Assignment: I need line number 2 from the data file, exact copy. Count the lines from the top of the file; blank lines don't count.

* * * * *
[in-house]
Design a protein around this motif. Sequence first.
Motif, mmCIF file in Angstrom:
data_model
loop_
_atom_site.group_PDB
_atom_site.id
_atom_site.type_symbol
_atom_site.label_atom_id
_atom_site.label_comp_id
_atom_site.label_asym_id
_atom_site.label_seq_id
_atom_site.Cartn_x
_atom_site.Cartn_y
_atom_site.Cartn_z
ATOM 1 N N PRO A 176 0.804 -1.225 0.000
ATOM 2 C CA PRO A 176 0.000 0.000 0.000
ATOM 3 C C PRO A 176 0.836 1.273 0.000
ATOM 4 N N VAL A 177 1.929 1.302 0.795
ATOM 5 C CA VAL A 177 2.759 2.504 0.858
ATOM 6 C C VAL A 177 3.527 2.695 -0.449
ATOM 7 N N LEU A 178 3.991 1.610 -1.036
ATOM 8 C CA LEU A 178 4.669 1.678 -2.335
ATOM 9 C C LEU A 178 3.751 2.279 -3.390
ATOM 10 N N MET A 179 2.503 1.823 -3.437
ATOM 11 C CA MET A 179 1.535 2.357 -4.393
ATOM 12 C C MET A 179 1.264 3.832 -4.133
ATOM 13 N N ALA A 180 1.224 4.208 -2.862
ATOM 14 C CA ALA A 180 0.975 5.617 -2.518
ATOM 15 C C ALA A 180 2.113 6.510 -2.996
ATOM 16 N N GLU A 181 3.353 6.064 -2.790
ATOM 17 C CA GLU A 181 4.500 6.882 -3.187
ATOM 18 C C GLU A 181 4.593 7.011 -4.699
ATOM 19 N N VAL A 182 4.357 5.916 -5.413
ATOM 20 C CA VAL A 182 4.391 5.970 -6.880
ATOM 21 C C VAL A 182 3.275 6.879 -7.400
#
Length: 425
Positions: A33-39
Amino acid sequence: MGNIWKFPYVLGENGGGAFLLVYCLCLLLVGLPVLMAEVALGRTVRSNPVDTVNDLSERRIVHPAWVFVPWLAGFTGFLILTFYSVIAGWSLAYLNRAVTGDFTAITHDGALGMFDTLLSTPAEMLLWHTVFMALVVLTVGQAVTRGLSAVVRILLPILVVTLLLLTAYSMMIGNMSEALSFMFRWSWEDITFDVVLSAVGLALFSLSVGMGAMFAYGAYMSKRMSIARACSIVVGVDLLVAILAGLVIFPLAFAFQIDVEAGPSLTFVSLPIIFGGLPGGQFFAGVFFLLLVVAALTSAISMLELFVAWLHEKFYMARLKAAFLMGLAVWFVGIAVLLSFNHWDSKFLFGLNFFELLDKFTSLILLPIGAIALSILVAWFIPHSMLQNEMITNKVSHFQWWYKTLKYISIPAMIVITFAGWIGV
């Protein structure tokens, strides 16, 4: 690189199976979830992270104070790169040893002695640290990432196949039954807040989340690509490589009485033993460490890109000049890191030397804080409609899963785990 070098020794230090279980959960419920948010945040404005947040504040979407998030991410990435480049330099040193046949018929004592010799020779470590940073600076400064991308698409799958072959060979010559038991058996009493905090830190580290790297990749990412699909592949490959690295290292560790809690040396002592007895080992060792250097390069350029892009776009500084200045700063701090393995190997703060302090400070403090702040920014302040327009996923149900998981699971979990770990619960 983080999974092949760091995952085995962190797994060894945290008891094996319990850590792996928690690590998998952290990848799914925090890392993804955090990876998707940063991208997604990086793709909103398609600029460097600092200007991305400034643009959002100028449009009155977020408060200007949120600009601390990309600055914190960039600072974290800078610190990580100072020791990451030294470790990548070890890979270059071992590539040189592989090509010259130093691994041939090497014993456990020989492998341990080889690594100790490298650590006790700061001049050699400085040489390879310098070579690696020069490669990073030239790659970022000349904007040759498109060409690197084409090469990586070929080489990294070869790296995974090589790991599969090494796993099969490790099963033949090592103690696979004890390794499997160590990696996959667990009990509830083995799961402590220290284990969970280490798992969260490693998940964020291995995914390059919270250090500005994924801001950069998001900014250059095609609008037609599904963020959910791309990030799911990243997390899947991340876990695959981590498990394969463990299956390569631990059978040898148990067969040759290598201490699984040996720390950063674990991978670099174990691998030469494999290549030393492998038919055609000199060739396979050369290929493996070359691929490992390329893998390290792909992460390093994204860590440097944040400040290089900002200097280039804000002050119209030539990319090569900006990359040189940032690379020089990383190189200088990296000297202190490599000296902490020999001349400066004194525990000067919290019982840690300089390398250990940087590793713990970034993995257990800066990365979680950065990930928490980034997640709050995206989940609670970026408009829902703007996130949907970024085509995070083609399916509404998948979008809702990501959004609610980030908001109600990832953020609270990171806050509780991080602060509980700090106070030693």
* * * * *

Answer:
Design a protein around this motif. Sequence first.